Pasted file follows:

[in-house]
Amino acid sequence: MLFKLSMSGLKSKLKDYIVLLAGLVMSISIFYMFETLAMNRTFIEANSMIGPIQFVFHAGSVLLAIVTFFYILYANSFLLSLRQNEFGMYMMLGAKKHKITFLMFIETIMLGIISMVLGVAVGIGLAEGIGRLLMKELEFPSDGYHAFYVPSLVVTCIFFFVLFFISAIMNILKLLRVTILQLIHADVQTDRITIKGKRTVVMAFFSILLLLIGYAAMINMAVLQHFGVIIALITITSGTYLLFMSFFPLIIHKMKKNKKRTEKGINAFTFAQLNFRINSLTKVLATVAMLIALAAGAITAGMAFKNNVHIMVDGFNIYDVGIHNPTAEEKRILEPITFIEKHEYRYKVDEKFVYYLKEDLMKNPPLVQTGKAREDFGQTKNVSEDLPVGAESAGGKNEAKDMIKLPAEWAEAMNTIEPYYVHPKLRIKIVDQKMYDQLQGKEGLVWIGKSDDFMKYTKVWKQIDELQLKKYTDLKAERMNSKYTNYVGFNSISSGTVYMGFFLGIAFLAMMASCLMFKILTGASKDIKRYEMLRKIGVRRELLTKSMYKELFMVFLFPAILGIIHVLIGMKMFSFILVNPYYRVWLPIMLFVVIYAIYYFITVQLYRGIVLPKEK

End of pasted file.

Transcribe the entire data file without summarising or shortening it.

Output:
[in-house]
Amino acid sequence: MLFKLSMSGLKSKLKDYIVLLAGLVMSISIFYMFETLAMNRTFIEANSMIGPIQFVFHAGSVLLAIVTFFYILYANSFLLSLRQNEFGMYMMLGAKKHKITFLMFIETIMLGIISMVLGVAVGIGLAEGIGRLLMKELEFPSDGYHAFYVPSLVVTCIFFFVLFFISAIMNILKLLRVTILQLIHADVQTDRITIKGKRTVVMAFFSILLLLIGYAAMINMAVLQHFGVIIALITITSGTYLLFMSFFPLIIHKMKKNKKRTEKGINAFTFAQLNFRINSLTKVLATVAMLIALAAGAITAGMAFKNNVHIMVDGFNIYDVGIHNPTAEEKRILEPITFIEKHEYRYKVDEKFVYYLKEDLMKNPPLVQTGKAREDFGQTKNVSEDLPVGAESAGGKNEAKDMIKLPAEWAEAMNTIEPYYVHPKLRIKIVDQKMYDQLQGKEGLVWIGKSDDFMKYTKVWKQIDELQLKKYTDLKAERMNSKYTNYVGFNSISSGTVYMGFFLGIAFLAMMASCLMFKILTGASKDIKRYEMLRKIGVRRELLTKSMYKELFMVFLFPAILGIIHVLIGMKMFSFILVNPYYRVWLPIMLFVVIYAIYYFITVQLYRGIVLPKEK